Province of Managua and all rural areas – Not eligible for one year after return.


Panama City and Canal Zone area is acceptable.
Travel to rural areas of the provinces of Bocas del Toro, San Blas including San Blas Islands, Veraguas and Darien provinces - Not eligible for 12 months.


Ica, Lima and highland tourist areas – No deferral. Areas in lower altitudes – Not eligible for one year after return.

Saudi Arabia

No deferral for cities along East Coast, Jeddah, Mecca, Medina, Taif, Riyadh, risk in Al Bahah, Al Madinah, Asir, Jizan, Makkah, Najran an Tabuk provinces.


Large cities along coast (Caracas, Maracaibo, Valencia) are acceptable.
Travel to rural areas and provinces along borders of Columbia, Guyana and Brazil - Not be eligible for one year after return.

How much blood is taken?
A unit (about one pint) of blood is drawn. This procedure takes about five to 10 minutes. The average person has between 8 and 12 pints of blood in their body. It takes about one month to replace the blood that is donated.
How often can I donate?

Giving whole blood requires a waiting period of 56 days between donations; however, all we ask is for individuals to Commit for Life and donate once every quarter. If you donate plasma (your red cells are returned to you), you may donate every 28 days. If you donate platelets (your red cells and most of your plasma are returned to you), you may donate every seven days, with a maximum of 24 times per year.

If you are type A blood you would make a terrific platelet donor! It takes a little more time, but it helps people who are quite ill.

Remember, type AB blood makes good plasma donors, and type O and B blood make good red cell or whole blood donors.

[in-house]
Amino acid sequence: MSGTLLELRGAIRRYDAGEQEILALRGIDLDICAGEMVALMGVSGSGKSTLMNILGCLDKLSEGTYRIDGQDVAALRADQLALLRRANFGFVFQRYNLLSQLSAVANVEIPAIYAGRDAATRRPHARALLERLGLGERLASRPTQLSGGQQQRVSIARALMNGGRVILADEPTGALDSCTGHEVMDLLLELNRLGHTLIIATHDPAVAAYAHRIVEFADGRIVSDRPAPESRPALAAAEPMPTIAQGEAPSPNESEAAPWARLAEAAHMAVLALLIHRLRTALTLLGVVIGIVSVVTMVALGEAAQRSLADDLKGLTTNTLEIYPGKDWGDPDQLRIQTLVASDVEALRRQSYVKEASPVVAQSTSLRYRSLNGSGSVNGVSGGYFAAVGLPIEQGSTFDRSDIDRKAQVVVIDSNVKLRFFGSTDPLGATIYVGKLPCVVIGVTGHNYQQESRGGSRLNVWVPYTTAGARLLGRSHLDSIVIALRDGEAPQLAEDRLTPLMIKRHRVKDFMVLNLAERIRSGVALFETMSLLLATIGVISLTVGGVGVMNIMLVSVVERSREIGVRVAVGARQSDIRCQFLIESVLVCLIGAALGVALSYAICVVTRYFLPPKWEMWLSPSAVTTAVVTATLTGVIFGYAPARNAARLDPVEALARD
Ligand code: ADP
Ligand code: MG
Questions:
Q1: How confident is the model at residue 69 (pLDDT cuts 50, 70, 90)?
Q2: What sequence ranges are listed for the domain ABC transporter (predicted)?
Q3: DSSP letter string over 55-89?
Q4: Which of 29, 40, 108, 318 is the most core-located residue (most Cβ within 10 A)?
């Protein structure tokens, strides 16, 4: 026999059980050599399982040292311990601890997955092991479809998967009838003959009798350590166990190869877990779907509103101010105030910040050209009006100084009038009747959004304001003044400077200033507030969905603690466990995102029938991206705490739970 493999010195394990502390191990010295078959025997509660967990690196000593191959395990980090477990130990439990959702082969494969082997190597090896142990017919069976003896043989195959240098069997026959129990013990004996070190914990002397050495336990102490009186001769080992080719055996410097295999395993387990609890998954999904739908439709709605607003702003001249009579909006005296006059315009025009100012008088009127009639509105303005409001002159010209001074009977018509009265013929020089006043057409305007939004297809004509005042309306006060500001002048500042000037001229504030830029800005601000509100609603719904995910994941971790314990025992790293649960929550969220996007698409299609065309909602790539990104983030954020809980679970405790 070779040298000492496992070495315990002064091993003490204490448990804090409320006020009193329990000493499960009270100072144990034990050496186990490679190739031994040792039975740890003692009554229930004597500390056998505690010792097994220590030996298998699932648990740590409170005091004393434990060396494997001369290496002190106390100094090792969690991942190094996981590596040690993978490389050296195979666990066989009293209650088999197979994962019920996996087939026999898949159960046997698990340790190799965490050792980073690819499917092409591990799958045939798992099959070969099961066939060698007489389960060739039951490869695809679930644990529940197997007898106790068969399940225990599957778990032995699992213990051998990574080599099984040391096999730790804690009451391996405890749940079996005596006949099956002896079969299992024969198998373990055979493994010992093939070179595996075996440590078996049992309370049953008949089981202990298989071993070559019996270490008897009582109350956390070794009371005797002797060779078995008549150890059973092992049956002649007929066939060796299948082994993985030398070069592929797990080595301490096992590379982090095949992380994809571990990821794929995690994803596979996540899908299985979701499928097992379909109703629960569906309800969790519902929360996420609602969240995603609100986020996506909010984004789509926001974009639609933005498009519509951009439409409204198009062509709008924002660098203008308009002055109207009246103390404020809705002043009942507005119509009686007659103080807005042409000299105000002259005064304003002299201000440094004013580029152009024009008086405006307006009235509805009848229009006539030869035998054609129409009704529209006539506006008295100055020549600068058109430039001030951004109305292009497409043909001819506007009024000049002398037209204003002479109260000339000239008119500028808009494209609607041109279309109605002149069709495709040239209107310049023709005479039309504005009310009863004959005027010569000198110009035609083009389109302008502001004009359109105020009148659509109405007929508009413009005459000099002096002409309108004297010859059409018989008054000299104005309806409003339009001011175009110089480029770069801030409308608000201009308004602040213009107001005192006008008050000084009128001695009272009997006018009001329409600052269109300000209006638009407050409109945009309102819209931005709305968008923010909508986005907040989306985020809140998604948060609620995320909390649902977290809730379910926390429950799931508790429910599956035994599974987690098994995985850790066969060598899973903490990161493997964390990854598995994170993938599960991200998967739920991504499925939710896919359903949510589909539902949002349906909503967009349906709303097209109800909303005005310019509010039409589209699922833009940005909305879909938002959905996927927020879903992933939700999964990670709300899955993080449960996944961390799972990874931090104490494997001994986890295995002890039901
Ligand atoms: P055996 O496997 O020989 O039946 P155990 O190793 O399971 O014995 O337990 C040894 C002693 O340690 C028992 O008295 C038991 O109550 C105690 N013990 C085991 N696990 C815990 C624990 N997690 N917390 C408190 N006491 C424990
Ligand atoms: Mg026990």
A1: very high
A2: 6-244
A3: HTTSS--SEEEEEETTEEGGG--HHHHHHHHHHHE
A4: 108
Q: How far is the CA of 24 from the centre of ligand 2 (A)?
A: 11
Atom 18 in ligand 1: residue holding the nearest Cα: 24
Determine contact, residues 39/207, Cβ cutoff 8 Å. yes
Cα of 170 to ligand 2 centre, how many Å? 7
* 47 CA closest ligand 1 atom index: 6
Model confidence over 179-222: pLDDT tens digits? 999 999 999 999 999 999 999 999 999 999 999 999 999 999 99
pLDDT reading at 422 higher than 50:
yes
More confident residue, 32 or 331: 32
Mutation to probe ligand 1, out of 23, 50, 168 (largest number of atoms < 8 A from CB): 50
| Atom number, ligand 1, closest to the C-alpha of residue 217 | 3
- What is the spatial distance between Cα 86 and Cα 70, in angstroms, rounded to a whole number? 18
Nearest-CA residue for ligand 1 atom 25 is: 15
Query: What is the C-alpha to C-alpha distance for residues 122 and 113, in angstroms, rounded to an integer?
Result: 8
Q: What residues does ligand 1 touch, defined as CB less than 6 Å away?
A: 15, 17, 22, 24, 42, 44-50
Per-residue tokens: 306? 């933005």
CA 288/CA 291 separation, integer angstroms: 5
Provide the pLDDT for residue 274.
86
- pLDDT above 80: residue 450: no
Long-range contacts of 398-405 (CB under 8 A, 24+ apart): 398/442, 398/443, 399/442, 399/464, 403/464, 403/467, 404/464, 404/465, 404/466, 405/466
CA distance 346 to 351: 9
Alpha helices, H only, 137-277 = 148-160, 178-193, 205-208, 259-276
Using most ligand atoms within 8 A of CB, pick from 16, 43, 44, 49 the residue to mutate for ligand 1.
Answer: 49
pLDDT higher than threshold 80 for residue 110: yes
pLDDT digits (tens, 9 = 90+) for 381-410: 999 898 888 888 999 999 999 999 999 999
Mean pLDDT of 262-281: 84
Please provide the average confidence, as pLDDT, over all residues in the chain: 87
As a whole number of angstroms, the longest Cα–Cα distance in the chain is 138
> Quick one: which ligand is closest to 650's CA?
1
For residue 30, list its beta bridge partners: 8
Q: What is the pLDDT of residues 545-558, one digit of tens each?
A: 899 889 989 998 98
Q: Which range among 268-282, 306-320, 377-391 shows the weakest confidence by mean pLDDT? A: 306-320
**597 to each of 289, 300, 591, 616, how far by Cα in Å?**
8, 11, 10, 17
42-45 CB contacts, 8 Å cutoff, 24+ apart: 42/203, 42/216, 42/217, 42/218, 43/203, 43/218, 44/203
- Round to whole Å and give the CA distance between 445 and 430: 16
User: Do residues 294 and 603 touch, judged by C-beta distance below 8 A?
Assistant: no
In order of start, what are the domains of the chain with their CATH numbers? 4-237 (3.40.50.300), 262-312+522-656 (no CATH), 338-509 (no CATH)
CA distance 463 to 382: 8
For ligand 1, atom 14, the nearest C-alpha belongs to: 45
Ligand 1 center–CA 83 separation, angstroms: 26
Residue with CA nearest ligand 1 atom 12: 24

If you donate double red cells (most of your plasma is returned to you), you must wait 112 days before your next donation. Double red cell donors must meet certain weight, height and hemoglobin (iron) requirements.

Can you explain the blood donation process?
Donating blood takes less than one hour from the time you arrive until you are ready to leave. First you complete a registration form with basic information such as your name, address and birthdate. You also will present identification that shows your name and your photo or signature. Then, one of our medical professionals will check your blood pressure, temperature and hemoglobin level (iron); take a look at your arm to make sure it is clear of any signs of infection; and ask you confidential questions about your health to ensure that you are eligible to donate blood that day. The actual whole blood donation takes between five and 10 minutes. Afterwards, you will be given juice and light snacks to replenish lost fluids during donation.
How long does it take?
The entire donation process, from registration to post-donation refreshments, takes just under one hour. The actual donation takes 5 to 10 minutes. We encourage donors to make and honor appointments to avoid long delays. To make a donation, visit Where to Donate or Digital Donor.